What is emotional skincare?
With stress, anxiety and poor-quality sleep fast becoming the biggest issues among clients, Amanda Pauley investigates the link between skincare and emotions and how salons can treat these internal issues.
As the pace of modern life accelerates at a faster rate than ever before, it’s no surprise that stress, anxiety and fatigue are all coming to the fore. However, negative emotions don’t just rile the brain; these “bad feelings” can also manifest themselves on the body in the form of breakouts, redness, irritation, dryness and even premature ageing.
“Emotional skincare” – which harnesses ingredients that have the ability to achieve harmony between mind, body and soul – are the latest buzzwords to take the beauty industry by storm and the concept is predicted to be big.
Tracey Woodward, chief executive of skincare brand Aromatherapy Associates, believes it’s a result of consumer need. “Stress, poor sleep and anxiety are a sad reality of our time but people are aware of it and want to take control. They’re also realising that skin is simply a reflection of what’s going on inside,” she says.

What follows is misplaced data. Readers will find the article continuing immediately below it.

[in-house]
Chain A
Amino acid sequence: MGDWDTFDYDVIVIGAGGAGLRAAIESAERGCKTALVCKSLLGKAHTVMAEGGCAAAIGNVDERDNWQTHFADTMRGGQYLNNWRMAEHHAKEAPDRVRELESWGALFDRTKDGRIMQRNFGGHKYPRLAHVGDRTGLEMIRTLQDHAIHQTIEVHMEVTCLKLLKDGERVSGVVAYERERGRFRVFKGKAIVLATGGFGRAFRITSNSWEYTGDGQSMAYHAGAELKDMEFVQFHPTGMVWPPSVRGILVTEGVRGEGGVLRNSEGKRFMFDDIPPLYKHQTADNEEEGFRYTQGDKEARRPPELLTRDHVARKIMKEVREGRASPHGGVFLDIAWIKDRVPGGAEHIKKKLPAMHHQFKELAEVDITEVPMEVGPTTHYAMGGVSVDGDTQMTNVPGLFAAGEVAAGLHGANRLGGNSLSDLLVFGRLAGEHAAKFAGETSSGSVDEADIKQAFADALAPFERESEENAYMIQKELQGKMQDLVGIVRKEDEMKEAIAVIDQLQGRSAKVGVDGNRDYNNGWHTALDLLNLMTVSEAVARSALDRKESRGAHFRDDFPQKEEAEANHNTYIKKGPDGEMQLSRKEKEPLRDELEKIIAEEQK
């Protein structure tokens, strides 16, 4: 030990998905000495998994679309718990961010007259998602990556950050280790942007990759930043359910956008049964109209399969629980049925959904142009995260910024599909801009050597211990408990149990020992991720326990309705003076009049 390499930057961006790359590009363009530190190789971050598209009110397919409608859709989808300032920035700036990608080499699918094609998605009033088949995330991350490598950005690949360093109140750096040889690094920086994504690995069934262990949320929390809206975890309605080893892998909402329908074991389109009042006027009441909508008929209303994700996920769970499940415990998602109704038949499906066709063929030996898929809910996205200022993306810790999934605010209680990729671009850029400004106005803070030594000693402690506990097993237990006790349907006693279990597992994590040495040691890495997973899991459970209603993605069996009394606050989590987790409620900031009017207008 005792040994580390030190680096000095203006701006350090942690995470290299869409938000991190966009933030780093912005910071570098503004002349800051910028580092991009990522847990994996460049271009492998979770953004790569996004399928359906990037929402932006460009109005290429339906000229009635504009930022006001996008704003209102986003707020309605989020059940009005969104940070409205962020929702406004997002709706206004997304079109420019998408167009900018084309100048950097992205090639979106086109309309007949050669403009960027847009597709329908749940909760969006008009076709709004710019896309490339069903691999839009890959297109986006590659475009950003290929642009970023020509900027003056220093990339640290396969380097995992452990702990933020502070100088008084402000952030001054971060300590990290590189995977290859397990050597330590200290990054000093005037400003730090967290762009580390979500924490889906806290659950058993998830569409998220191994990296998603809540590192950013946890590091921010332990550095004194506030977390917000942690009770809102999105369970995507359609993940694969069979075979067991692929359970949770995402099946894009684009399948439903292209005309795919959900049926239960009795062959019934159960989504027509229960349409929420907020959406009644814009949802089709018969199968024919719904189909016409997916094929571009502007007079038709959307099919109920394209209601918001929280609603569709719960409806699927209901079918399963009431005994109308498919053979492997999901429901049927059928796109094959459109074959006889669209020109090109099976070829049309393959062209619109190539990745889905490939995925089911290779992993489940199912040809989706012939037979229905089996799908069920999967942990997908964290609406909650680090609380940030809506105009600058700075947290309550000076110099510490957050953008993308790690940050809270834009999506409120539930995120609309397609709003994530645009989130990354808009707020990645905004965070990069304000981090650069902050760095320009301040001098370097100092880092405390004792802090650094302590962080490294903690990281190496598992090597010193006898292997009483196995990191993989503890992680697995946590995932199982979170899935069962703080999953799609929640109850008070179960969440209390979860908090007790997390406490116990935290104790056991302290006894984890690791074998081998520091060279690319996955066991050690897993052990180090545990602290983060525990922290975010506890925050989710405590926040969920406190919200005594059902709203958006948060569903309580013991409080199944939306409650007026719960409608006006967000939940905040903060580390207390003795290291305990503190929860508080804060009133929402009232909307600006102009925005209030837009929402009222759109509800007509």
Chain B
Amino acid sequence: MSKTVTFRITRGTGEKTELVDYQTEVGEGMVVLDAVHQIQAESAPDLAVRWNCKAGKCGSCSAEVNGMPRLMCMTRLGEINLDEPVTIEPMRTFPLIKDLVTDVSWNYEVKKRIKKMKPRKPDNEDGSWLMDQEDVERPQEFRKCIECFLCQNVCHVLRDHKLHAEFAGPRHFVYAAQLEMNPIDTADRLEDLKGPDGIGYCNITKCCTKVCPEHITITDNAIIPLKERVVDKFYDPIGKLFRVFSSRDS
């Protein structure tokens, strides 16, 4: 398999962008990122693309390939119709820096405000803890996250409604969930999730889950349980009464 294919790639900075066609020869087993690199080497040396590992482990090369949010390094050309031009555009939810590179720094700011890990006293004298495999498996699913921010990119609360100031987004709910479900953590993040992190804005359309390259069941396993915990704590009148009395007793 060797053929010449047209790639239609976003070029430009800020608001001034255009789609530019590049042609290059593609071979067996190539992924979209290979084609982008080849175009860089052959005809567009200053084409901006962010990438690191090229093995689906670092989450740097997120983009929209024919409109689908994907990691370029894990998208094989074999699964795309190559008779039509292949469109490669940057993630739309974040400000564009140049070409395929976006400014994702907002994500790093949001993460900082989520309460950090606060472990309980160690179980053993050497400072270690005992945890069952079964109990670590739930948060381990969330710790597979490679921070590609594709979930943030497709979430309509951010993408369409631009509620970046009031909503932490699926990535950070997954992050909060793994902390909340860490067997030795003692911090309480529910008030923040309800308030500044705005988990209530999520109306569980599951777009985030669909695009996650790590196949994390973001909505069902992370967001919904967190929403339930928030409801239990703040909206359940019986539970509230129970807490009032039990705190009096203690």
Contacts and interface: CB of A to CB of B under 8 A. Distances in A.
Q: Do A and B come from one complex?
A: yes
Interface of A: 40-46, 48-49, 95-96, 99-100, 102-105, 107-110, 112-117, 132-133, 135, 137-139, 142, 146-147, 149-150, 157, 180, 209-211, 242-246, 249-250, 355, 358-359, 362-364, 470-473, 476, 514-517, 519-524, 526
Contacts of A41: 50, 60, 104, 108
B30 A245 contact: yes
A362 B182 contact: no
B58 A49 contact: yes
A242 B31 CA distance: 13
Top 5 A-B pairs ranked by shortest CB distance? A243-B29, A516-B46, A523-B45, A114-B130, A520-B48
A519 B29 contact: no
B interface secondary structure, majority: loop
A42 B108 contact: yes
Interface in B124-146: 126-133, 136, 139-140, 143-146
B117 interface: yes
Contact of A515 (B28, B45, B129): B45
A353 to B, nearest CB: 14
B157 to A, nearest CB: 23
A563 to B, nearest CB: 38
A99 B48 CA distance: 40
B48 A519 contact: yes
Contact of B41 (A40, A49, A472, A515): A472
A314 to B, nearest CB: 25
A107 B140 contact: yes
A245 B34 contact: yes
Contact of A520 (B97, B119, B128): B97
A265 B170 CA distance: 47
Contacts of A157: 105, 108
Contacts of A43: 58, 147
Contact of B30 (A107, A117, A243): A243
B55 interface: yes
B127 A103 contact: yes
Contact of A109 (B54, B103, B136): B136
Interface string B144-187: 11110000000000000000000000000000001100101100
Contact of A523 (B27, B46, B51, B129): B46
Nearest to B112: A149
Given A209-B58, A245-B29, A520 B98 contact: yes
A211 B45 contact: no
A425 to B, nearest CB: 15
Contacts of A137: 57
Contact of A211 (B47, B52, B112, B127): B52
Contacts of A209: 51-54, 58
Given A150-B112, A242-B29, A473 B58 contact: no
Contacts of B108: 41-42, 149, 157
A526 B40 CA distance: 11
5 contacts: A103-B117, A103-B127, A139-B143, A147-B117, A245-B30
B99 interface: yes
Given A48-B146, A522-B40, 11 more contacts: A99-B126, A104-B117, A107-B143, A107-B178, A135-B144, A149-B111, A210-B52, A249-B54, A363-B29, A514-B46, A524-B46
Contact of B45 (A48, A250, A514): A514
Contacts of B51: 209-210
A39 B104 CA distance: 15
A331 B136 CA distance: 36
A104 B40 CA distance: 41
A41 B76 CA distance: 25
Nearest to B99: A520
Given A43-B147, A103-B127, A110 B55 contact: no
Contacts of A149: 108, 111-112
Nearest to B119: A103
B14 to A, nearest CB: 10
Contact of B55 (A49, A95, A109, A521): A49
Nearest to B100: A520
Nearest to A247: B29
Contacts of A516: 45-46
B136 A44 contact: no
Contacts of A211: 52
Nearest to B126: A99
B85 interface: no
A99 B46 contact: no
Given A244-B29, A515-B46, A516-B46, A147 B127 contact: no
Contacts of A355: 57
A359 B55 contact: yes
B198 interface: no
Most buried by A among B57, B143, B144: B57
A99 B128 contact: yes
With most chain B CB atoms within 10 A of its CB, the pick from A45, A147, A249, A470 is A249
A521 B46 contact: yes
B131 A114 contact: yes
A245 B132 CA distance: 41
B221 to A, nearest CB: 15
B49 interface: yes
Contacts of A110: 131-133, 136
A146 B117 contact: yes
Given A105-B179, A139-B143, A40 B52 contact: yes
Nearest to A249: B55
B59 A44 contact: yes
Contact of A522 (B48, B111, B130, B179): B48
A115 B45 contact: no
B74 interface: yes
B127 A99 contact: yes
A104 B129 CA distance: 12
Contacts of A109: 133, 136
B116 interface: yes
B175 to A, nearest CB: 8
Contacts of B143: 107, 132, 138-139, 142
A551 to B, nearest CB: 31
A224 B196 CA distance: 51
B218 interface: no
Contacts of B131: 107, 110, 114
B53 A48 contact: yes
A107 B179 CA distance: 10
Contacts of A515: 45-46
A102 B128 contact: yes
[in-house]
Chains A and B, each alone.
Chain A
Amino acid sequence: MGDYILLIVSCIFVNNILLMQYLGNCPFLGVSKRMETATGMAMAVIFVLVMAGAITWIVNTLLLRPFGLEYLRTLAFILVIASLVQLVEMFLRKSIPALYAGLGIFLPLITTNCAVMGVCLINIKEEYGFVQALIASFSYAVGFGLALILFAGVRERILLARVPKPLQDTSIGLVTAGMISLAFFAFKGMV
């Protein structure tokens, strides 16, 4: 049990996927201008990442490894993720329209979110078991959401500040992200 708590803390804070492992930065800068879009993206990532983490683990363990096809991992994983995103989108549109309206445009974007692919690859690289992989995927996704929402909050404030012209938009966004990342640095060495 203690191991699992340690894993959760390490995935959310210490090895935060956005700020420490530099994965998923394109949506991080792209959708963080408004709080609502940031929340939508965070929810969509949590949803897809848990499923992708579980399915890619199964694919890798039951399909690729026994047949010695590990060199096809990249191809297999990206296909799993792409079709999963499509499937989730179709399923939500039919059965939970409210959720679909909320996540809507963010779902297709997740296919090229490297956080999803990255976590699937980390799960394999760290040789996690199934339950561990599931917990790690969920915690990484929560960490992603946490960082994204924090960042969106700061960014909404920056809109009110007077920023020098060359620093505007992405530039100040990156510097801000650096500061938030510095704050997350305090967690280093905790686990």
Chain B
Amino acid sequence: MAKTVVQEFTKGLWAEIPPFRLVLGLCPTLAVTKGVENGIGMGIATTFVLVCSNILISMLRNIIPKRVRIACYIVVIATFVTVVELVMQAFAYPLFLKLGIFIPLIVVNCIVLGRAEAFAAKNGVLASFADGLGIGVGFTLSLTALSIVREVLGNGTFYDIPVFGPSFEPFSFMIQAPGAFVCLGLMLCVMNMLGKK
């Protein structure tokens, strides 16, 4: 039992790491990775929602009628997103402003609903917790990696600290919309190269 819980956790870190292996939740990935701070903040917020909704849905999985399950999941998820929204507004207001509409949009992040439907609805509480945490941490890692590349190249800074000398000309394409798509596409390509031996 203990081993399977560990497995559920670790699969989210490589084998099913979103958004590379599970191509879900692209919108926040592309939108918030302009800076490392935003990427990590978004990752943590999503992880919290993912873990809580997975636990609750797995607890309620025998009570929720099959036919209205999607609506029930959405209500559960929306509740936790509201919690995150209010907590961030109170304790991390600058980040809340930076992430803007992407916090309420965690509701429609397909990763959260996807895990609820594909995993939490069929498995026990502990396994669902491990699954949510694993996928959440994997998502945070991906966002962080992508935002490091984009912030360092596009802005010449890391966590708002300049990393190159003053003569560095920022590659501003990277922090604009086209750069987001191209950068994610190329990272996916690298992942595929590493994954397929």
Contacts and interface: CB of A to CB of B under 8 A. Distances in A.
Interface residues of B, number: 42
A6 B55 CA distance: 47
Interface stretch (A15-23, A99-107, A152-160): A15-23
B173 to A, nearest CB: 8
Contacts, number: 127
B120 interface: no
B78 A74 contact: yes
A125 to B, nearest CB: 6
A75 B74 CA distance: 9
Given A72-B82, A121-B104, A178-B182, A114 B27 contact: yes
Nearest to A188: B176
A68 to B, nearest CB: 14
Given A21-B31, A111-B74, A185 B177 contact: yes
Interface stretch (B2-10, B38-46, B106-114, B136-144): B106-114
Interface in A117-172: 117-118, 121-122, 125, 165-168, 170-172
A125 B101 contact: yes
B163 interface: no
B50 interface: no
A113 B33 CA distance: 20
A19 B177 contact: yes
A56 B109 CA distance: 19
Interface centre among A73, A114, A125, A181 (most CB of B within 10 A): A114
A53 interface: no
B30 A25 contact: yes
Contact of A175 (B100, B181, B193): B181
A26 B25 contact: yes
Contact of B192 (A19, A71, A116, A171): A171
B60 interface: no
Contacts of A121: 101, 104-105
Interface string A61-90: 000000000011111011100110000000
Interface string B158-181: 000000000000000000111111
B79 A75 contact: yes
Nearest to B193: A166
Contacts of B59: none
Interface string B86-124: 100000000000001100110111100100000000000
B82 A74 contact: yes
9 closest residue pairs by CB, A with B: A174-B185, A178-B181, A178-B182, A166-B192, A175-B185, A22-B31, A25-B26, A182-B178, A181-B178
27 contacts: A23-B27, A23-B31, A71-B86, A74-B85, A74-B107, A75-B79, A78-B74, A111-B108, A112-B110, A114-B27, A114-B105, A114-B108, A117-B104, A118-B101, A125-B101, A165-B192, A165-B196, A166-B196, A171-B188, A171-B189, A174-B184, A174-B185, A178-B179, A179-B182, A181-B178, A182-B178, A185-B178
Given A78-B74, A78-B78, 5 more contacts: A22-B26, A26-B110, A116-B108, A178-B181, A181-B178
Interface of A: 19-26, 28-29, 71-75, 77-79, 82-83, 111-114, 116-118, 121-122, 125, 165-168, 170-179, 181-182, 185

Breaking bad habits
“A lot can be controlled via nutrition, emotional balance, sleep and exercise, but a good skincare regime also has the power to change the way we feel, not just the way we look. As a result, emotional skincare will no doubt boom in the next few years,” adds Woodward.
This idea of breaking emotionally destructive patterns and replacing them with good behaviours, such as that much sought-after “me-time”, to improve both mental wellbeing and skin health, is gaining traction, with many leading skincare brands releasing products that focus on the concept. German brand Babor is relaunching its spa line later this year, offering scents claiming to relax, energise and calm the senses, while British brand Elemis’s Life Elixir collections (launching in May) will give clients the option to match products to how they’re feeling.